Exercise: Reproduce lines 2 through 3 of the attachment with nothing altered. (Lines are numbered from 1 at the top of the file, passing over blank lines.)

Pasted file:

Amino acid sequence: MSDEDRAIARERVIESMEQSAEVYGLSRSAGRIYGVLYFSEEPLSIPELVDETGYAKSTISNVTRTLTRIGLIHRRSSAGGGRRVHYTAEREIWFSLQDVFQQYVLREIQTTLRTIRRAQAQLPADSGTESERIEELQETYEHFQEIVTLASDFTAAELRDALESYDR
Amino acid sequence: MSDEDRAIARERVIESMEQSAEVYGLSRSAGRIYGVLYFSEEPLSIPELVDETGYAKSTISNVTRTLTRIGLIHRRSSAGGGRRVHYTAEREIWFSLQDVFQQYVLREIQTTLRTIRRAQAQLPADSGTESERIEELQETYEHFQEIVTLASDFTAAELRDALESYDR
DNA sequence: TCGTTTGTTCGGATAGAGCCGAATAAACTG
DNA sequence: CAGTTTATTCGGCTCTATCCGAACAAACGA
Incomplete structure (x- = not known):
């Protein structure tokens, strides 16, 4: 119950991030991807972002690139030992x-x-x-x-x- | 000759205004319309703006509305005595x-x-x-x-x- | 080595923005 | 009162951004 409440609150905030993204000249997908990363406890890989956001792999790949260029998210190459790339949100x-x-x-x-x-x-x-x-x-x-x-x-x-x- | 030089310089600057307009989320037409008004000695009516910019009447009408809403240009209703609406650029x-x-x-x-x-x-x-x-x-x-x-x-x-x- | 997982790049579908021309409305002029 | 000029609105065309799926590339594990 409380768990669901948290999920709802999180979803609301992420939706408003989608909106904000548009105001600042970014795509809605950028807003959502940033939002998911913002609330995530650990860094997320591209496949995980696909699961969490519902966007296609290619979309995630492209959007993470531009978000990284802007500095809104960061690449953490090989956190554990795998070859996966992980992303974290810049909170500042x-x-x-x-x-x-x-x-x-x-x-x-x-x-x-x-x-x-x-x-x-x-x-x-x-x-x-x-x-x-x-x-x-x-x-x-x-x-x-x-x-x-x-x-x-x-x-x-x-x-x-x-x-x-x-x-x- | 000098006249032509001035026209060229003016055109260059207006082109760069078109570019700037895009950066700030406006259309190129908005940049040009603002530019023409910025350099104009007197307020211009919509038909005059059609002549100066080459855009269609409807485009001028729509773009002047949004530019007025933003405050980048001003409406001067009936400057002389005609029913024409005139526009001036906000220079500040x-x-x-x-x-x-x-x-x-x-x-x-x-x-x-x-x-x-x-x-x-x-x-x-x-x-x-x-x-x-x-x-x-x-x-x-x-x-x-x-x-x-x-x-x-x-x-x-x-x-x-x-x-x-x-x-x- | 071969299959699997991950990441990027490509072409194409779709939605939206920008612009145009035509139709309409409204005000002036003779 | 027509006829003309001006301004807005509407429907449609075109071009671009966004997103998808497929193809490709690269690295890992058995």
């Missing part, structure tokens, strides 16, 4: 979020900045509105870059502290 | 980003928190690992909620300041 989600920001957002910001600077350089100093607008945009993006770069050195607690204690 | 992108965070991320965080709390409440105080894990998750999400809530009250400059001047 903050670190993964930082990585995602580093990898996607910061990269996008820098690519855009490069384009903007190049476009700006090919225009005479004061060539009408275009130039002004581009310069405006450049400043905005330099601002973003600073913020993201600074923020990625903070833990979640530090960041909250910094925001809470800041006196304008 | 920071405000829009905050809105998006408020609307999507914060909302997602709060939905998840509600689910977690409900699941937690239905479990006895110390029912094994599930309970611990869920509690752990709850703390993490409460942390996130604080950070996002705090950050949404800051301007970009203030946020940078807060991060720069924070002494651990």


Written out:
Amino acid sequence: MSDEDRAIARERVIESMEQSAEVYGLSRSAGRIYGVLYFSEEPLSIPELVDETGYAKSTISNVTRTLTRIGLIHRRSSAGGGRRVHYTAEREIWFSLQDVFQQYVLREIQTTLRTIRRAQAQLPADSGTESERIEELQETYEHFQEIVTLASDFTAAELRDALESYDR
DNA sequence: TCGTTTGTTCGGATAGAGCCGAATAAACTG